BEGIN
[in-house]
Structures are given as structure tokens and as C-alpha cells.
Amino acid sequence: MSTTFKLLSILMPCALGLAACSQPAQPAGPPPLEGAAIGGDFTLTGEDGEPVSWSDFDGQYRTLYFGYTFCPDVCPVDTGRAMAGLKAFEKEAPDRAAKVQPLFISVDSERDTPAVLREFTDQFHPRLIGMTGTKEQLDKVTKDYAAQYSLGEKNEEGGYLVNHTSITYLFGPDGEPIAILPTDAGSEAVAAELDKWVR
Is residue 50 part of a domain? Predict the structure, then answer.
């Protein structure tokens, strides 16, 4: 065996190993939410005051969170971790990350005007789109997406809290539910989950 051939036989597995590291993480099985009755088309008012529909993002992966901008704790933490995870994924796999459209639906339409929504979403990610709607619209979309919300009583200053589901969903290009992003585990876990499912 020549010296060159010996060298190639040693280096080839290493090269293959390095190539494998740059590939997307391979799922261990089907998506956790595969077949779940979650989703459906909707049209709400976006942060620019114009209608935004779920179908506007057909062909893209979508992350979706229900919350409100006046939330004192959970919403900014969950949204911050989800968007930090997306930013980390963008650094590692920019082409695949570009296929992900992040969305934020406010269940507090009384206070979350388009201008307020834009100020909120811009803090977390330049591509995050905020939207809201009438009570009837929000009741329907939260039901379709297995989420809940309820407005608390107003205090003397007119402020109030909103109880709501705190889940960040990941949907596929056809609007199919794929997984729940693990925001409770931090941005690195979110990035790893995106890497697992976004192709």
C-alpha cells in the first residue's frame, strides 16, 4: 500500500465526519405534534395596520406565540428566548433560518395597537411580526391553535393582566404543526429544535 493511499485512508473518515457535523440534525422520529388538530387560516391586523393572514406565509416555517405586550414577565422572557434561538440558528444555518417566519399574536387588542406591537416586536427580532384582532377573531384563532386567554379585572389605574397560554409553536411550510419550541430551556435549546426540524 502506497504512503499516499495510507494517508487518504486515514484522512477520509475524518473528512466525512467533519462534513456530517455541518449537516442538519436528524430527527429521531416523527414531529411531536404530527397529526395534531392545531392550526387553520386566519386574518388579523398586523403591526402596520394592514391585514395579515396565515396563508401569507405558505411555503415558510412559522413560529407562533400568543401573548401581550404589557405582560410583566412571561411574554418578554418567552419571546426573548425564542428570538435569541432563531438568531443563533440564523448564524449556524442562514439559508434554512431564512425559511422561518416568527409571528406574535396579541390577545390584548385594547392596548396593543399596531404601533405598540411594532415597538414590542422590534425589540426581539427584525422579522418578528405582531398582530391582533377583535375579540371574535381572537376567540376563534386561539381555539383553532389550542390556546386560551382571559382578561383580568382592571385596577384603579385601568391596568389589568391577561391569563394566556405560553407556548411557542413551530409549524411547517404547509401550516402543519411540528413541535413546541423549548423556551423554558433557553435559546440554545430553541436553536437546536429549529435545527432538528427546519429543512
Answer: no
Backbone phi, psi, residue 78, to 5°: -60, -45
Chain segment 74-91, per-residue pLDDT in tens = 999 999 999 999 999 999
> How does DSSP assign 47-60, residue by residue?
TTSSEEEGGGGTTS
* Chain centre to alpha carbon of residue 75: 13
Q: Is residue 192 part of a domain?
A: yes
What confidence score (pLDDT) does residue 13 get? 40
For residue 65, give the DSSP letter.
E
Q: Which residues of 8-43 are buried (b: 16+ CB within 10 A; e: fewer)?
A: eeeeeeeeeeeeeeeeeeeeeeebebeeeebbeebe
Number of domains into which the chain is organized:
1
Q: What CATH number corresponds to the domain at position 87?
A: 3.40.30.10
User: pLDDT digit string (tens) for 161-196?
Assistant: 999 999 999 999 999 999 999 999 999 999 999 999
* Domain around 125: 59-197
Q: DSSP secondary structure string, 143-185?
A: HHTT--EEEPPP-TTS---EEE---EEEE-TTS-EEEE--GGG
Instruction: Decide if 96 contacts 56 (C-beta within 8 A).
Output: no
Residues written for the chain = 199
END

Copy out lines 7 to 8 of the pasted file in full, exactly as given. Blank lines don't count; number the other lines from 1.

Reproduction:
Answer: no
Backbone phi, psi, residue 78, to 5°: -60, -45